It is funny now that I think about it because I never really thought that I had a shot at getting this role.
But like it's said, the best things in life happen when you least expect them.
I am so incredibly grateful for this opportunity and that she saw in me the potential to be able to play one of the most beautifully written characters, someone at the heart of this book of worldwide acclaim, someone who will be in the TV series adaptation of it, someone who will be the face of a major BBC show.
I had never in my wildest dreams imagined that this could happen to me.
All I feel is gratitude.
With such a great role though came a lot of pressure as well of the expectations but Miradi always reminded me that you have to learn to let go of those expectations and play the character with the truth and honesty that's within you.
That has been my biggest takeaway -- to learn to dissociate yourself from the expectations around you and speak your own truth.
The series has a fabulous ensemble of skilled actors. Whom did you bond with the most?
I couldn't have asked for a better team.
It was such a joy to work with each one of them.
Not just the cast, but the entire crew as well.
We had people on the team who had been working with Miradi for more than 30 years and that speaks volumes about the kind of person she is.
She brings together such a great bunch of people and acts as this binding force. You just fit together like pieces of a puzzle.
There is always a harmony on set and a shared 'mission' to be part of something that is much bigger than any of us and to do it to the best of your ability.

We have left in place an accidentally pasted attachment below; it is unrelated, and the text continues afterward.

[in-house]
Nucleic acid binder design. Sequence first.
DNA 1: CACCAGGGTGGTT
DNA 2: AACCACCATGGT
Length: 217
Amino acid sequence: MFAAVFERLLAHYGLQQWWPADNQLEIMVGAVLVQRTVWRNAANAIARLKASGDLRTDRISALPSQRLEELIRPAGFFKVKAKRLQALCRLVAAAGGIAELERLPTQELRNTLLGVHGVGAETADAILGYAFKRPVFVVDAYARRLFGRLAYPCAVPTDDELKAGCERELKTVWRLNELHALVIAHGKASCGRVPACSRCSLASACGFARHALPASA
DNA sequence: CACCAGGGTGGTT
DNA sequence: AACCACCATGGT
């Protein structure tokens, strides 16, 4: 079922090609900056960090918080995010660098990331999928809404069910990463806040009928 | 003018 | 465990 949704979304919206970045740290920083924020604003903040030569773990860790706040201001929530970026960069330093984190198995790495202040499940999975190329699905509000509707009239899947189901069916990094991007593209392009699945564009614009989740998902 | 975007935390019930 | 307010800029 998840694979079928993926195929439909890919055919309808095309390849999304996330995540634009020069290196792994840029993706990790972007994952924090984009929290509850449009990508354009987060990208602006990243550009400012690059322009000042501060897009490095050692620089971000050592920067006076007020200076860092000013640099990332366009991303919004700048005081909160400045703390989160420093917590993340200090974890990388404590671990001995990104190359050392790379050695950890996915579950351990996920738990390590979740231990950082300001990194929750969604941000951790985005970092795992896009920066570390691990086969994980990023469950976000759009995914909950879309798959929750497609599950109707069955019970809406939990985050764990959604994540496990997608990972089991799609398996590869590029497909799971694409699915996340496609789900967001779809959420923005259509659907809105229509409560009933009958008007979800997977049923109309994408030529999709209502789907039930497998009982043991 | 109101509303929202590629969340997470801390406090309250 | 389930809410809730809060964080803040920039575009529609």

It was a flow of positive energy and supporting each other in a way to bring your A-game to the table.
I have taken from this show people who I know I can rely on and go to anytime I need help.
What preparations did you do to play Lata? Did you read up on the era? Listen to the songs of that period?
I had this marathon of a novel to go back to whenever I needed help with understanding my character's frame of a mind in a particular situation.
So when you have this 'holy book' to refer to and seek help from, the job gets easier.
Another important point that Miradi insisted on was the fact that she did not want any of her actors to be 'playing the period'. Rather, we had to focus on the character.
According to her, when you start 'playing' something, it becomes untrue and we wanted our characters and our portrayal of them as authentic as possible.
So my focus was constantly to bring the truth of my character to the forefront, rather than anything else.
The rest just happened along the way.
Obviously, the spectacular costumes by Arjun Bhasin and the incredible locations and set designing by Stephanie Carrol did most of our job for us to transport us back into that era and we never had to consciously work on it.
Yes, I would watch documentaries to understand the way people talked and to bring that into my speech.
Is acting your chosen vocation for keeps ? Are you working on something else?
I would definitely want to keep working on my craft, and this is just the beginning.
I want to explore myself and experiment with roles, just implore my own potential.
I am currently reading for different projects, so hopefully something exciting will happen soon.
Would you like to work in Bollywood? Who are on your wish list?
I wouldn't be opposed to the idea, be it Bollywood or any other outlet as long as the content excites me.
I would love to work with Konkona Sen Sharma, both as an actor and also director.
Vidya Balan, Kalki (Koechlin), Rajkummar Rao, Anurag Kashyap, Shoojit Sircar, Imtiaz Ali... the list is long.